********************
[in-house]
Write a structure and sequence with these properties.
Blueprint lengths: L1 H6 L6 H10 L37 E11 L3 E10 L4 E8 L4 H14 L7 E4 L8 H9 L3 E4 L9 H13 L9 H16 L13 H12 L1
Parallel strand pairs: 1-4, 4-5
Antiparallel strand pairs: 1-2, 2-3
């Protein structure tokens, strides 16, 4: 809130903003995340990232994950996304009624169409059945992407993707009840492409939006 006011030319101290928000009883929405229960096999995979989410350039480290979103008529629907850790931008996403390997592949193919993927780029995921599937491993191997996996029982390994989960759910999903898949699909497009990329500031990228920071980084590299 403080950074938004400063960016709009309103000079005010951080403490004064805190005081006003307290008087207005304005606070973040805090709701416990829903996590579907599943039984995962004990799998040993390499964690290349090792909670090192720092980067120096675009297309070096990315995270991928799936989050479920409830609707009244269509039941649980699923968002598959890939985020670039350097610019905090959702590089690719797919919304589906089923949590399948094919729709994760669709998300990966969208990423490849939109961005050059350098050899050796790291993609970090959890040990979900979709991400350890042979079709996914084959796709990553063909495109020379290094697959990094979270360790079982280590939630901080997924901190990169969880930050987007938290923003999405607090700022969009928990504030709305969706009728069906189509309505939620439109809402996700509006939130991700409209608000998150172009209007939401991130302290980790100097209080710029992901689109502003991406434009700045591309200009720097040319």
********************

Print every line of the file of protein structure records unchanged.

[in-house]
Write a structure and sequence with these properties.
Blueprint lengths: L1 H6 L6 H10 L37 E11 L3 E10 L4 E8 L4 H14 L7 E4 L8 H9 L3 E4 L9 H13 L9 H16 L13 H12 L1
Parallel strand pairs: 1-4, 4-5
Antiparallel strand pairs: 1-2, 2-3
């Protein structure tokens, strides 16, 4: 809130903003995340990232994950996304009624169409059945992407993707009840492409939006 006011030319101290928000009883929405229960096999995979989410350039480290979103008529629907850790931008996403390997592949193919993927780029995921599937491993191997996996029982390994989960759910999903898949699909497009990329500031990228920071980084590299 403080950074938004400063960016709009309103000079005010951080403490004064805190005081006003307290008087207005304005606070973040805090709701416990829903996590579907599943039984995962004990799998040993390499964690290349090792909670090192720092980067120096675009297309070096990315995270991928799936989050479920409830609707009244269509039941649980699923968002598959890939985020670039350097610019905090959702590089690719797919919304589906089923949590399948094919729709994760669709998300990966969208990423490849939109961005050059350098050899050796790291993609970090959890040990979900979709991400350890042979079709996914084959796709990553063909495109020379290094697959990094979270360790079982280590939630901080997924901190990169969880930050987007938290923003999405607090700022969009928990504030709305969706009728069906189509309505939620439109809402996700509006939130991700409209608000998150172009209007939401991130302290980790100097209080710029992901689109502003991406434009700045591309200009720097040319």